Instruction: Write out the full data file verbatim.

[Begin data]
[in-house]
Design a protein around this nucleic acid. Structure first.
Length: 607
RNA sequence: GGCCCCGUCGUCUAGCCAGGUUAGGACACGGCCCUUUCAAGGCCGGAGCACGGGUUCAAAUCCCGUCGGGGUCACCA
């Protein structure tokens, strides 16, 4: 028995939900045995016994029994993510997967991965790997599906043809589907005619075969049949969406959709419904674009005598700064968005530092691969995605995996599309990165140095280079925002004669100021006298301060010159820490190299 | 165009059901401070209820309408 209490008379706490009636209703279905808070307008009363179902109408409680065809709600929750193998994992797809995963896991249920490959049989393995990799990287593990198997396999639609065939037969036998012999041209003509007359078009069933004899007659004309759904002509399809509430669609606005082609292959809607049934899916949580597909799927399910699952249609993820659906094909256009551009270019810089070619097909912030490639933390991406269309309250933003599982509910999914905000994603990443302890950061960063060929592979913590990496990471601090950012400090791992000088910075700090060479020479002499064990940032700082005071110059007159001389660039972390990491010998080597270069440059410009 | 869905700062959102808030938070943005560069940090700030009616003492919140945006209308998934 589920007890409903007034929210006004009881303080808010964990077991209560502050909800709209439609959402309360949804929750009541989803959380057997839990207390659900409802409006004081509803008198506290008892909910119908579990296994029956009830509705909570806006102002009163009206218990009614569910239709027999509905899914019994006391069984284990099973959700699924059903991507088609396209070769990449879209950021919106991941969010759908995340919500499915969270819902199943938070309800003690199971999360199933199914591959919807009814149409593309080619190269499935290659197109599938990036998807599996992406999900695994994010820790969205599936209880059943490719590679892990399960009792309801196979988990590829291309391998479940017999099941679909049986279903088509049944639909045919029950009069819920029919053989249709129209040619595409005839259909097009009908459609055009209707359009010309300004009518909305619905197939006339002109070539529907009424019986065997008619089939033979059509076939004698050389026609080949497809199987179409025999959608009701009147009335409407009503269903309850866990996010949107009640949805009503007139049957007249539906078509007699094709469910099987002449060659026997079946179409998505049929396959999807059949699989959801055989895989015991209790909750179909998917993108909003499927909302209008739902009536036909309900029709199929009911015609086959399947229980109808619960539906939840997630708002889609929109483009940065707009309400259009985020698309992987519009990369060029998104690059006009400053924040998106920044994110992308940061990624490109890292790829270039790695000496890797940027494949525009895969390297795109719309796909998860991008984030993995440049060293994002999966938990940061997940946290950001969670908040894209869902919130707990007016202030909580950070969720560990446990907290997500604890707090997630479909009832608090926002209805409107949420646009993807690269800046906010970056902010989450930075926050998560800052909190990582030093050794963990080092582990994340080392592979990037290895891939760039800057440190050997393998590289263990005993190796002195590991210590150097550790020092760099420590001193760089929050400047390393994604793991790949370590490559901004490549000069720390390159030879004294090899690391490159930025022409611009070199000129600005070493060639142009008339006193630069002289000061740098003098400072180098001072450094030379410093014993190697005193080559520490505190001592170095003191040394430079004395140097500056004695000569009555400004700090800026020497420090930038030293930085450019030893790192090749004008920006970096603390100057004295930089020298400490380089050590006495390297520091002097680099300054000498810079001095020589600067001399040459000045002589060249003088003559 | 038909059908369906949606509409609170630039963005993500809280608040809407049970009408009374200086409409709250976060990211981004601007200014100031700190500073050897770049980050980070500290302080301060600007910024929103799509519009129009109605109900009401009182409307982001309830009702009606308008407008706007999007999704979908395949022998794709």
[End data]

[in-house]
Design a protein around this nucleic acid. Structure first.
Length: 607
RNA sequence: GGCCCCGUCGUCUAGCCAGGUUAGGACACGGCCCUUUCAAGGCCGGAGCACGGGUUCAAAUCCCGUCGGGGUCACCA
């Protein structure tokens, strides 16, 4: 028995939900045995016994029994993510997967991965790997599906043809589907005619075969049949969406959709419904674009005598700064968005530092691969995605995996599309990165140095280079925002004669100021006298301060010159820490190299 | 165009059901401070209820309408 209490008379706490009636209703279905808070307008009363179902109408409680065809709600929750193998994992797809995963896991249920490959049989393995990799990287593990198997396999639609065939037969036998012999041209003509007359078009069933004899007659004309759904002509399809509430669609606005082609292959809607049934899916949580597909799927399910699952249609993820659906094909256009551009270019810089070619097909912030490639933390991406269309309250933003599982509910999914905000994603990443302890950061960063060929592979913590990496990471601090950012400090791992000088910075700090060479020479002499064990940032700082005071110059007159001389660039972390990491010998080597270069440059410009 | 869905700062959102808030938070943005560069940090700030009616003492919140945006209308998934 589920007890409903007034929210006004009881303080808010964990077991209560502050909800709209439609959402309360949804929750009541989803959380057997839990207390659900409802409006004081509803008198506290008892909910119908579990296994029956009830509705909570806006102002009163009206218990009614569910239709027999509905899914019994006391069984284990099973959700699924059903991507088609396209070769990449879209950021919106991941969010759908995340919500499915969270819902199943938070309800003690199971999360199933199914591959919807009814149409593309080619190269499935290659197109599938990036998807599996992406999900695994994010820790969205599936209880059943490719590679892990399960009792309801196979988990590829291309391998479940017999099941679909049986279903088509049944639909045919029950009069819920029919053989249709129209040619595409005839259909097009009908459609055009209707359009010309300004009518909305619905197939006339002109070539529907009424019986065997008619089939033979059509076939004698050389026609080949497809199987179409025999959608009701009147009335409407009503269903309850866990996010949107009640949805009503007139049957007249539906078509007699094709469910099987002449060659026997079946179409998505049929396959999807059949699989959801055989895989015991209790909750179909998917993108909003499927909302209008739902009536036909309900029709199929009911015609086959399947229980109808619960539906939840997630708002889609929109483009940065707009309400259009985020698309992987519009990369060029998104690059006009400053924040998106920044994110992308940061990624490109890292790829270039790695000496890797940027494949525009895969390297795109719309796909998860991008984030993995440049060293994002999966938990940061997940946290950001969670908040894209869902919130707990007016202030909580950070969720560990446990907290997500604890707090997630479909009832608090926002209805409107949420646009993807690269800046906010970056902010989450930075926050998560800052909190990582030093050794963990080092582990994340080392592979990037290895891939760039800057440190050997393998590289263990005993190796002195590991210590150097550790020092760099420590001193760089929050400047390393994604793991790949370590490559901004490549000069720390390159030879004294090899690391490159930025022409611009070199000129600005070493060639142009008339006193630069002289000061740098003098400072180098001072450094030379410093014993190697005193080559520490505190001592170095003191040394430079004395140097500056004695000569009555400004700090800026020497420090930038030293930085450019030893790192090749004008920006970096603390100057004295930089020298400490380089050590006495390297520091002097680099300054000498810079001095020589600067001399040459000045002589060249003088003559 | 038909059908369906949606509409609170630039963005993500809280608040809407049970009408009374200086409409709250976060990211981004601007200014100031700190500073050897770049980050980070500290302080301060600007910024929103799509519009129009109605109900009401009182409307982001309830009702009606308008407008706007999007999704979908395949022998794709």